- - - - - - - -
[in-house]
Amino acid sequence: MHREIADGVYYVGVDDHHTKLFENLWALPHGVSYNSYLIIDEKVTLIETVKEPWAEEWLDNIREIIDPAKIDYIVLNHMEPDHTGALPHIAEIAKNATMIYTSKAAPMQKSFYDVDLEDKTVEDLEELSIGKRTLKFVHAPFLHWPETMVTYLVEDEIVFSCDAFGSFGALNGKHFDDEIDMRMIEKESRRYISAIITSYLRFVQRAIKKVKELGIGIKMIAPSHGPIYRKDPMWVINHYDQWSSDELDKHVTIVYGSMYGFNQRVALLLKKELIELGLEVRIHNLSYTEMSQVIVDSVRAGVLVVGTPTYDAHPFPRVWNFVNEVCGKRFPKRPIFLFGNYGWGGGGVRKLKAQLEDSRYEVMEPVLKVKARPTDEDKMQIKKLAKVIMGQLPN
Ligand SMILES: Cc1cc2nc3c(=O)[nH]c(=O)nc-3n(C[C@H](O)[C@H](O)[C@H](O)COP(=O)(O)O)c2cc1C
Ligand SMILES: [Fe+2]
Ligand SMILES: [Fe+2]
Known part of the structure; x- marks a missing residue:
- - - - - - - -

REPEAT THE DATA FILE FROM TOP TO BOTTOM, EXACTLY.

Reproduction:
[in-house]
Amino acid sequence: MHREIADGVYYVGVDDHHTKLFENLWALPHGVSYNSYLIIDEKVTLIETVKEPWAEEWLDNIREIIDPAKIDYIVLNHMEPDHTGALPHIAEIAKNATMIYTSKAAPMQKSFYDVDLEDKTVEDLEELSIGKRTLKFVHAPFLHWPETMVTYLVEDEIVFSCDAFGSFGALNGKHFDDEIDMRMIEKESRRYISAIITSYLRFVQRAIKKVKELGIGIKMIAPSHGPIYRKDPMWVINHYDQWSSDELDKHVTIVYGSMYGFNQRVALLLKKELIELGLEVRIHNLSYTEMSQVIVDSVRAGVLVVGTPTYDAHPFPRVWNFVNEVCGKRFPKRPIFLFGNYGWGGGGVRKLKAQLEDSRYEVMEPVLKVKARPTDEDKMQIKKLAKVIMGQLPN
Ligand SMILES: Cc1cc2nc3c(=O)[nH]c(=O)nc-3n(C[C@H](O)[C@H](O)[C@H](O)COP(=O)(O)O)c2cc1C
Ligand SMILES: [Fe+2]
Ligand SMILES: [Fe+2]
Known part of the structure; x- marks a missing residue: